What do you do if you are Turkey and do not like the EU Commission’s Progress Report, the annual “report card” for candidates that shows where they stand in their bid for membership in the union?
Well, first you get your minister in charge of the whole affair to treat this report as a worthless piece of paper. Then you get a key jurist from the governing party to symbolically throw it in the garbage on live television.
Finally, you prepare your own immaculate “Progress Report,” full of self-praise, and start blowing raspberries at Europe
by pointing out how wonderfully Turkey’s democracy is progressing at the same time that the EU is in such a state of dissolution that it can only be saved by Turkish membership.
This is what the Recep Tayyip Erdoğan
government did last week, getting its EU minister and chief negotiator, Egeman Bağış, to announce Turkey’s own Progress Report, which supposedly tells the world what the situation in Turkey really is. If this is not “Turkish-style self-gratification,” then what is?
Of course, no one can claim that the EU has behaved completely decently toward Turkey. There is also truth in what Bağış says when referring to bigotry in certain European countries and quarters toward Turkey. It is also true that the EU is not what it used to be, having lost much of its charm for many Europeans, let alone Turks.
It is also true that there are many European politicians and strategists looking at Europe’s long-term economic and strategic interests, and admonishing as “dangerously shortsighted” those who have been opposing Turkish membership on civilizational grounds.
As has been frequently repeated in this column, however, it is the powers-that-be in Europe, when the time comes, who will decide if Turkey becomes a member or not, and not the man on the street. This was also the way it happened for Turkey’s Council of Europe
Both were initially resisted – although not on civilizational but political grounds – but both happened in the end because the way of the world, with Soviet expansionism turning into a nightmare for the West, required it.
If Europeans naïvely believe they will have a say in Turkish EU membership when the chips are really down, then they should consider just how much say they have today in what their leaders are doing to get Europe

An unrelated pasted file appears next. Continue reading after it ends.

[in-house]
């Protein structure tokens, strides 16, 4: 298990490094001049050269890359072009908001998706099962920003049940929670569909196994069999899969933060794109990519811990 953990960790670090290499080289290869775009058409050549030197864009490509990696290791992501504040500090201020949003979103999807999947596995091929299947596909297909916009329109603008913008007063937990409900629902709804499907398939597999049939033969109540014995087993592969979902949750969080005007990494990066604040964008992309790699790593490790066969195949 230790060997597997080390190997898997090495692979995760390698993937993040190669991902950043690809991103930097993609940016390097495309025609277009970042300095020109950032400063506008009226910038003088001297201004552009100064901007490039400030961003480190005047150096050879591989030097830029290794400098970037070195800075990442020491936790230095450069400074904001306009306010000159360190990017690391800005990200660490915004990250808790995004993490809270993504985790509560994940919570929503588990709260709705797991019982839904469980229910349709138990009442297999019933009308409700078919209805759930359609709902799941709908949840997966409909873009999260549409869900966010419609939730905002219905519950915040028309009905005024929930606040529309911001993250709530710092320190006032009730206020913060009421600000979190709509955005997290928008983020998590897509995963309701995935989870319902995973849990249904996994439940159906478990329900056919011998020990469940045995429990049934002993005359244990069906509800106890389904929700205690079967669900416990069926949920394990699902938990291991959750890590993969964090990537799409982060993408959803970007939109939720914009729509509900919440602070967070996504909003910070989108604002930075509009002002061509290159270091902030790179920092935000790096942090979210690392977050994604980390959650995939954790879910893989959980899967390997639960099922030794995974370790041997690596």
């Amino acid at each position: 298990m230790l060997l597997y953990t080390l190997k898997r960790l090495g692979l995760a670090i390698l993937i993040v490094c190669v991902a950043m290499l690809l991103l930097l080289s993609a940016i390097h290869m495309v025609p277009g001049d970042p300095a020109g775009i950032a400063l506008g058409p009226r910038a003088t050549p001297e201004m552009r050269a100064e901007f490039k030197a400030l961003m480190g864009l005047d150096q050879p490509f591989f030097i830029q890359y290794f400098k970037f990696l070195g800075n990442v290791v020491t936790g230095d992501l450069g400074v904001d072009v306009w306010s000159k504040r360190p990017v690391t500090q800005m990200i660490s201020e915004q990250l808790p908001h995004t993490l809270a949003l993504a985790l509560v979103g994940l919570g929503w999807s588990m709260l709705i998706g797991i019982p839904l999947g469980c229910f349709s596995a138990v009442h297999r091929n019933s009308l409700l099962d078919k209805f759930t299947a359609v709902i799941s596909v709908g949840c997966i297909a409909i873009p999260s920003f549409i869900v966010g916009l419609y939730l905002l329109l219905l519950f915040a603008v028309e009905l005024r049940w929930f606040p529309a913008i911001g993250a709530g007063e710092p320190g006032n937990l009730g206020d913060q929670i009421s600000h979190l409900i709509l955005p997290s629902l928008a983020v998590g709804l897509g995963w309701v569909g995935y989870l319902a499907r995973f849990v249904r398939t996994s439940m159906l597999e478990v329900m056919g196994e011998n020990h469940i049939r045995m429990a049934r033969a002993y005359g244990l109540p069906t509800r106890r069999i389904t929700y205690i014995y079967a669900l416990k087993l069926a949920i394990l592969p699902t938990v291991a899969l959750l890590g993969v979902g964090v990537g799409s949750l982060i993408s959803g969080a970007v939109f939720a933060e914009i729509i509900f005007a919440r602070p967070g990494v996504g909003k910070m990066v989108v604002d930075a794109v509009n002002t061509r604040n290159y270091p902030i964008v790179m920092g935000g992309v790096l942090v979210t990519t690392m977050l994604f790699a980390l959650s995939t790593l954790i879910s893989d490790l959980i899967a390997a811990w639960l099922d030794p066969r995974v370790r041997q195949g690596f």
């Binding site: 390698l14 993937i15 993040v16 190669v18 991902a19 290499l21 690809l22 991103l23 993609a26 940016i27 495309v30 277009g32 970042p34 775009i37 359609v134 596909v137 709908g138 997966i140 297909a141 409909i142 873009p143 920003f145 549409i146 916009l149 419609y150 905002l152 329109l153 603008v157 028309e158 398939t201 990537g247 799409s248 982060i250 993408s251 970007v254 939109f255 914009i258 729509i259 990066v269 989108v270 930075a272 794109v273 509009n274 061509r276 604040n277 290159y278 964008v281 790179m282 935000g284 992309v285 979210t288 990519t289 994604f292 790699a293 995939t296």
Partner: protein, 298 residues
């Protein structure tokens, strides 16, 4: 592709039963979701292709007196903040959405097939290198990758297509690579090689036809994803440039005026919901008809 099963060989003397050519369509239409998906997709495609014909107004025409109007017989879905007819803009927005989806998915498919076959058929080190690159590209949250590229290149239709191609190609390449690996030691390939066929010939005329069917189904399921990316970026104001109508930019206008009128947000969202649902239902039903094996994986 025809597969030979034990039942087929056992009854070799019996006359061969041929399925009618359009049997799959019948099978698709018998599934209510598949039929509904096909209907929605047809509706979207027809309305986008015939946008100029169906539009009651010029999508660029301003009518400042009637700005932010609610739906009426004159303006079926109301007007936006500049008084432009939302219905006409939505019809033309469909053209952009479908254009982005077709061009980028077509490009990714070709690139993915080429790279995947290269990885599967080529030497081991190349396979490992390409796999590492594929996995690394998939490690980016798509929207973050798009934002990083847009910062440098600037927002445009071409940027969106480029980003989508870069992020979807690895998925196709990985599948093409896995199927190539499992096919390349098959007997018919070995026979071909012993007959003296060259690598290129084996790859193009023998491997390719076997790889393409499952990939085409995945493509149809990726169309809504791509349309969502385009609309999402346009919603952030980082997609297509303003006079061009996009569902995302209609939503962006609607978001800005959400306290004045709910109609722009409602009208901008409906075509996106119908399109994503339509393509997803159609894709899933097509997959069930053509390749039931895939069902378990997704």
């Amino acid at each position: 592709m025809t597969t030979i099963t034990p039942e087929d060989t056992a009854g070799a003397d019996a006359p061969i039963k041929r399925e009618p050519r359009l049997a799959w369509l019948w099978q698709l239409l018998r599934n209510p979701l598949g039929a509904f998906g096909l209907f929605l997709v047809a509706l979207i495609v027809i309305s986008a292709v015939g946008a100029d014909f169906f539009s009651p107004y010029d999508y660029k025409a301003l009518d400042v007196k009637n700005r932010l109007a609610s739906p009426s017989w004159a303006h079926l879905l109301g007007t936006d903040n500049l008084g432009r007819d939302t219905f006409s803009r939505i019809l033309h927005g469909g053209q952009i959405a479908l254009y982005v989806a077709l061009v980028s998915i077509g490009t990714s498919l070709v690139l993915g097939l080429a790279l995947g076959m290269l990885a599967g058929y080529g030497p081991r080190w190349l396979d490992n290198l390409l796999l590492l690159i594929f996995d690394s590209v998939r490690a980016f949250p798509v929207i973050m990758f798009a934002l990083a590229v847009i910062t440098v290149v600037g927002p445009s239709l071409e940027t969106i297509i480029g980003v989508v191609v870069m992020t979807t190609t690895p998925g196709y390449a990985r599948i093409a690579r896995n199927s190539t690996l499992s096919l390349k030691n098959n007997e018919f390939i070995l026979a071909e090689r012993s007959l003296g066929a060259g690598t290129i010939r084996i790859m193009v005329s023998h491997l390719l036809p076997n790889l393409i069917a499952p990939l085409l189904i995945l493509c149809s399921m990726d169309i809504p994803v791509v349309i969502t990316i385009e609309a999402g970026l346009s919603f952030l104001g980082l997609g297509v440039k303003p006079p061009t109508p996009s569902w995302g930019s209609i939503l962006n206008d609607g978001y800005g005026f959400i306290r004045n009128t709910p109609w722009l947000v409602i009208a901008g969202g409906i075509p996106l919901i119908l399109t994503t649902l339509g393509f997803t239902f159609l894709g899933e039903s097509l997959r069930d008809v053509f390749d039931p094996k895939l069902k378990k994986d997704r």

out of its economic crisis.
One does not see any referenda on whether the current austerity measures – which are making life much more unbearable than Turkish membership probably would – should be implemented or not. All the deeply disappointed average European can do today is to take to the streets in futile protest.
To return to Turkey, though, the point is that Ankara’s own progress report can be taken as the latest reflection of the government’s reluctance when it comes to reforms which are required for EU membership, but much more importantly, are also vitally important for this country’s own sake. This self-gratifying report is no more than a smokescreen, enhanced by meaningless demagoguery, which is designed to shroud what the Erdoğan government has not done.
But railing at the EU and debunking its Progress Report – which most democratic and liberal Turks would endorse, despite some technical mistakes – does not do away with the problems this country faces daily in the areas of democracy, human rights, press freedoms and others.
One really has to have selective eyesight not to see the objective truths contained in the EU’s Progress Report, and to swallow hook, line and sinker what the Erdoğan government’s subjective Progress Report claims are Turkey’s grand successes.
All of this shows that the Justice and Development Party (AKP) is less interested in EU membership today, and more interested in its popular image, which it believes is being willfully tarnished by a bigoted Europe.
Other than that, Ankara’s “Progress Report” is a meaningless exercise.
Note: I learned with sadness the untimely and tragic death of Ümit Enginsoy, a long-time colleague and dear friend, in an unfortunate accident. He was a committed journalist
and a truly fine fellow who will be sorely missed by those that loved him and cherished his friendship. May he rest in peace.